• According to the “CPH 2025 Climate Plan”, 2011 - 2025, the city aims to become Europe’s first carbon neutral city by 2025. As part of the plan, the city will create additional green areas, pocket parks, green roofs and green walls throughout the city.
  • Connect Habitats (LIFE09 NAT/DK/000371; 2010 - 2013) was a LIFE-funded project to restore dry grasslands in Bøjden Nor on the island of Fyn. By buying 25 ha of land and establishing 5 ha of wetlands and two bird-islands, the project was able to protect and enhance the vulnerable coastal lagoon habitat.
  • “Life70” (LIFE11 NAT/DK/894; 2012-2018) is another LIFE-funded Danish project that aims at restoring rare wet habitats by 2018. The project involves eight Danish environmental authorities and covers 790 ha in eleven Natura 2000 areas, mainly on the island of Fyn, but also on Langeland and central Jutland.
  • LIFE IP Natureman – The Farmer as a Manager of Nature: aiming at a favourable conservation status for Natura 2000 sites by making nature management a sound branch of farming. Application for an Integrated LIFE Nature project has been submitted to the EU Commission in April 2017. The project covers eleven Natura 2000 sites in Himmerland and Kronjylland and is a collaboration between the Danish Nature Agency and eight municipalities and the Farmers Organizations.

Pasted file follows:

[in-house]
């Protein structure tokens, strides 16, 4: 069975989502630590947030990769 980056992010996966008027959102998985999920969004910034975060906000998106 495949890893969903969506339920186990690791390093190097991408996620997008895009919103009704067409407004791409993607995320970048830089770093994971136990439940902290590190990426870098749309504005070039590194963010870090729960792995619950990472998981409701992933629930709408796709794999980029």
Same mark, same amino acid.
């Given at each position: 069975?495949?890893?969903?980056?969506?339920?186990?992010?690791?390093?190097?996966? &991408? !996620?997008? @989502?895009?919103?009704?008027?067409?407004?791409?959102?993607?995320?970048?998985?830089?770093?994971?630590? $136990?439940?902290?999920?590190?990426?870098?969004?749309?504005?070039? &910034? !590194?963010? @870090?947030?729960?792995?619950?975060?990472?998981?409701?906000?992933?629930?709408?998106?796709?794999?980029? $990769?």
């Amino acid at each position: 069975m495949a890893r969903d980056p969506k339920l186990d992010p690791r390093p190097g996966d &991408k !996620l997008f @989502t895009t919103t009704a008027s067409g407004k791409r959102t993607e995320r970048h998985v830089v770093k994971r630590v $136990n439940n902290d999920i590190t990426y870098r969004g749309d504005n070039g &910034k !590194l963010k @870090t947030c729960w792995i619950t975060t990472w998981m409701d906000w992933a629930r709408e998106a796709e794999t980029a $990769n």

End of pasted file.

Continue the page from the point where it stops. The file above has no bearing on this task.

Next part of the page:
The Danish Rural Development Programme 2007-2013 supported, amongst other things, the planting of hedgerows. Reimbursement of 40-60% has been made available to farmers for the cost of establishing 1-7 rowed hedges or woodlots, thereby reducing soil erosion rates significantly.

In the years 2016, 2017, 2018 and 2019, a similar national scheme is being implemented to support hedgerows. Its main purpose is to increase biodiversity in the open agricultural land. Reimbursement of approximately 50% will be available to the farmer.

Until 2020, 4,500 ha of carbon-rich organic soils are to be set aside to recreate or improve natural habitat to support biodiversity and climate mitigation. To achieve this, farmers who currently cultivate these soils e.g. by continuous drainage activities, will be eligible for grants to take such areas permanently out of operation as compensation for lost income. In addition, the Government has pledged to investigate the opportunities for a proactive supporting measure targeting farmers and encouraging them to seek grants for nature conservation measures across larger connected areas across different ownership.